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Delta Planet -- Blue
Posted 10 January 2008 - 00:27
After opening it, I found that it did not have a converter, so a phone call later one was on its way from Bertram’s Inkwell. Only when it arrived, it did not fit. The converter would not screw in to the nib section – it was too fat – worse, there is no way that the nib section with a converter in it would fit in the barrel of this pen. It was too long. Thinking the Planet must use a special, shorter converter, I had several reputable Delta dealers send me a converter “for a Delta Planet” one after another, looking for the one that would fit it. None fit. All were the same Delta converter. This led me to conclude that the barrel of this particular pen was not drilled out all the way because there is no way any of these converts would fit inside this pen. Each was simply too long, and none of them would fit into the nib section anyway.
In the mean time, I had concluded that the tines on the nib were too far apart for the nib to write properly – it railroaded constantly and the ink almost poured out of the nib. Thinking the nib needed to be “broken in” and would settle down after some use, I continued to work with it. Since I could only use standard international cartridges in the pen, I started going through them quickly. By the time I gave up on the pen as unusable, it was too late to return it. So, I threw it in an unused desk drawer and forgot about it, regretting that I had looked so hard for it and spent so much on it – $220. As a result of this experience, I concluded that quality control at Delta had diminished over the years and swore off of them. (All my other Delta pens worked perfectly right out of the box, but they were purchased a several years ago.) I could not bring myself to sell it as it seemed to me to have too many problems.
So the pen sat in my drawer for about a year and a half. This past fall, I discovered the wonders of having nibs tuned by a nibmeister. After a very good experience with a persnickety Ancora nib that I sent to Michael Masuyama at Mike-It-Work, I sent off this Delta Planet to get the tines adjusted and the flow under control. The pen was back to me in a couple of weeks. Mike did an excellent job. The flow is perfect for Aurora Blue ink, my favorite, and Mike softened the edges of the nib just a bit to make it more comfortable without diminishing the amazing line variation. I love this nib now. (I have no affiliation with Mike, just a satisfied customer.)
With the nib in working order, I next had to figure out the ink deliver system because with a broad stub nib, this pen would go through cartridges like my old ’69 Impala went through cans of oil. To solve this problem, I thought I’d use the halfway drilled-out barrel to my advantage – I got into my head to use this pen as an eyedropper. Since there was no metal in the barrel and no joints with other parts of the pen, I simply silconed the threads of the nib section, and (after a three-day test with water with no leaks), I had myself a short and fat eye-dropper pen with a wonderful stub nib.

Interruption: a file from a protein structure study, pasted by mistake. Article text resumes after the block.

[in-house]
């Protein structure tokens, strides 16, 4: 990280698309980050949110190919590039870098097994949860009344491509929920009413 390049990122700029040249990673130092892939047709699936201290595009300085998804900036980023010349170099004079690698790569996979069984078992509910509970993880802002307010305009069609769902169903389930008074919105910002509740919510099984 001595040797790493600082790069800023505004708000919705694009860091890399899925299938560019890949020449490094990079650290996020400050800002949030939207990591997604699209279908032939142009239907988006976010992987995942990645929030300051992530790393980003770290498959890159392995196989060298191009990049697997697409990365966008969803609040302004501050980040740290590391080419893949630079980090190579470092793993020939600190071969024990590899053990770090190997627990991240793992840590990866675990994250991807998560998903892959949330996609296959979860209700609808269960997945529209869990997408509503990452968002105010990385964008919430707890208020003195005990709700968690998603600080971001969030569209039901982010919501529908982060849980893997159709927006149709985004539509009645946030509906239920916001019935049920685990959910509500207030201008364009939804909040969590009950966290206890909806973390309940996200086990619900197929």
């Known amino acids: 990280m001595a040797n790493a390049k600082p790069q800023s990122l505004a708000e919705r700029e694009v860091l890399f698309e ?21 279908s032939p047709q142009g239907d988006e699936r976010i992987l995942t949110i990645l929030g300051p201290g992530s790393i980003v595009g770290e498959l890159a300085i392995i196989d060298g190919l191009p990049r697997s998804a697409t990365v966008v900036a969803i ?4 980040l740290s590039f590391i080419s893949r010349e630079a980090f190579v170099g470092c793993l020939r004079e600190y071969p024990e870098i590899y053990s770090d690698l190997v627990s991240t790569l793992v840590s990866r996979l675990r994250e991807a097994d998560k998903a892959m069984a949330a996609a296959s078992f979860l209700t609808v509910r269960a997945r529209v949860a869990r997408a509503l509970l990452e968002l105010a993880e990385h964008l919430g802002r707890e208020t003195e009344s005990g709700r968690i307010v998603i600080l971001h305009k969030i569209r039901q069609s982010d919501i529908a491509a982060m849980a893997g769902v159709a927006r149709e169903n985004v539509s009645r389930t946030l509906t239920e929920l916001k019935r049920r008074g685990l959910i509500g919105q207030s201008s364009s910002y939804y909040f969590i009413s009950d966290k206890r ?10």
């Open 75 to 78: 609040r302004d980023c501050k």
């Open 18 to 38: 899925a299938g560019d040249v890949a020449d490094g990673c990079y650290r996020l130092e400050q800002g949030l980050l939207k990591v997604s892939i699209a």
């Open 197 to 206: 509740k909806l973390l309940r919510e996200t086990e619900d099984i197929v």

Since the nib tweeking and the eyedropper conversion, this pen has, without a doubt, become my favorite to write with. It fits all my criteria of a great pen. It holds an enormous amount of ink – the barrel is stout. It is also very fat at the nib section but with a slight hint of taper. It has a wonderful nib that is firm but with a slight bit of give to it and wonderful line variation. And although it is a stub, it’s got a fairly large sweet spot. That is, it writes at many angles, which is good as I often find stubs to be uncomfortable for longer writing sessions. It is light weight and well balanced, posted or not.
All around I am now delighted with this pen and have become a fan of Delta pens again, understanding that almost any pen manufacturer today can turn out a dud nib that needs some nib adjusting. Moreover, I would still be willing to believe that there is a special converter for this model pen that would fit it, but if I found one, I would not use it anyway since I prefer it as an eye-dropper.
A few particulars of the pen: This was a numbered edition. Mine has 1501 engraved in it. I’m not sure if it was a limited edition. Capped it’s about 5.25 inches, uncapped a smidge under 5 inches. It is extremely light since there is almost no metal on the pen except for the clip and accent ring, and it’s a stout pen. You can see all this in the comparison with the Aurora Optima below.
There is no band around the cap, which gives it a very sleek and clean look, but the cap here is very thin. It will not surprise me when the cap cracks. Hopefully, that will be a long time from now, but in the mean time, I am very careful about not tightening it too much when screwing the cap back on. Speaking of the cap, it unscrews with about three quarters of a turn, which makes it a good pen for everyday writing.
After a disappointing start, this pen has become my favorite go-to pen. A happy ending, I guess.
Posted 10 January 2008 - 02:27
Thanks for the review.
Posted 10 January 2008 - 16:26
Posted 11 January 2008 - 04:24
Posted 15 January 2008 - 15:45